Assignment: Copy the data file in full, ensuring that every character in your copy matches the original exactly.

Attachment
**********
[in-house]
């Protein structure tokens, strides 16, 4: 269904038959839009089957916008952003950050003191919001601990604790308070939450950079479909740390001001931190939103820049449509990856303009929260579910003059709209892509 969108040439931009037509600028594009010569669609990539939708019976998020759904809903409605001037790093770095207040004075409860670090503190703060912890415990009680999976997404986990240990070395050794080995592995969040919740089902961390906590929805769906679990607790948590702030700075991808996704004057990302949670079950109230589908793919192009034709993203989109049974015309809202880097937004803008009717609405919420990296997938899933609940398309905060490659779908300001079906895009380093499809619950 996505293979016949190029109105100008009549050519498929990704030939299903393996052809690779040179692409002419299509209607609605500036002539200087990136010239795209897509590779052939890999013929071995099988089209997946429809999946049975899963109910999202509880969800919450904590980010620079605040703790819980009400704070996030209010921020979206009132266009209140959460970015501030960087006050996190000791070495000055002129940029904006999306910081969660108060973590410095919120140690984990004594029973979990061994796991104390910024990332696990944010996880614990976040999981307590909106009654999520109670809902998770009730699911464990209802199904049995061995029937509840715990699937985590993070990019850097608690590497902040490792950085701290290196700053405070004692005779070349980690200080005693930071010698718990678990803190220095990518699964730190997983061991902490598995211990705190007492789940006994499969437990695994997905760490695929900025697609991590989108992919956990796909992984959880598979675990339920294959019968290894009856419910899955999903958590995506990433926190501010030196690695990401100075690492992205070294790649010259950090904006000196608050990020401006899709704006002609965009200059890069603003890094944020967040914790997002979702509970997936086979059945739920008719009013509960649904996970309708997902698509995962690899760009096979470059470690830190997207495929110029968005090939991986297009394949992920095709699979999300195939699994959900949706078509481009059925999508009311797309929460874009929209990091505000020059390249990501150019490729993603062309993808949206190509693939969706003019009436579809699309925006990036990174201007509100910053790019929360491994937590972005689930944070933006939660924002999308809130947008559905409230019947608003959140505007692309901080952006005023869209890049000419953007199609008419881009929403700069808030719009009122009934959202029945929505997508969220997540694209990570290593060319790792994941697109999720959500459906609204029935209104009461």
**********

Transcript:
[in-house]
């Protein structure tokens, strides 16, 4: 269904038959839009089957916008952003950050003191919001601990604790308070939450950079479909740390001001931190939103820049449509990856303009929260579910003059709209892509 969108040439931009037509600028594009010569669609990539939708019976998020759904809903409605001037790093770095207040004075409860670090503190703060912890415990009680999976997404986990240990070395050794080995592995969040919740089902961390906590929805769906679990607790948590702030700075991808996704004057990302949670079950109230589908793919192009034709993203989109049974015309809202880097937004803008009717609405919420990296997938899933609940398309905060490659779908300001079906895009380093499809619950 996505293979016949190029109105100008009549050519498929990704030939299903393996052809690779040179692409002419299509209607609605500036002539200087990136010239795209897509590779052939890999013929071995099988089209997946429809999946049975899963109910999202509880969800919450904590980010620079605040703790819980009400704070996030209010921020979206009132266009209140959460970015501030960087006050996190000791070495000055002129940029904006999306910081969660108060973590410095919120140690984990004594029973979990061994796991104390910024990332696990944010996880614990976040999981307590909106009654999520109670809902998770009730699911464990209802199904049995061995029937509840715990699937985590993070990019850097608690590497902040490792950085701290290196700053405070004692005779070349980690200080005693930071010698718990678990803190220095990518699964730190997983061991902490598995211990705190007492789940006994499969437990695994997905760490695929900025697609991590989108992919956990796909992984959880598979675990339920294959019968290894009856419910899955999903958590995506990433926190501010030196690695990401100075690492992205070294790649010259950090904006000196608050990020401006899709704006002609965009200059890069603003890094944020967040914790997002979702509970997936086979059945739920008719009013509960649904996970309708997902698509995962690899760009096979470059470690830190997207495929110029968005090939991986297009394949992920095709699979999300195939699994959900949706078509481009059925999508009311797309929460874009929209990091505000020059390249990501150019490729993603062309993808949206190509693939969706003019009436579809699309925006990036990174201007509100910053790019929360491994937590972005689930944070933006939660924002999308809130947008559905409230019947608003959140505007692309901080952006005023869209890049000419953007199609008419881009929403700069808030719009009122009934959202029945929505997508969220997540694209990570290593060319790792994941697109999720959500459906609204029935209104009461």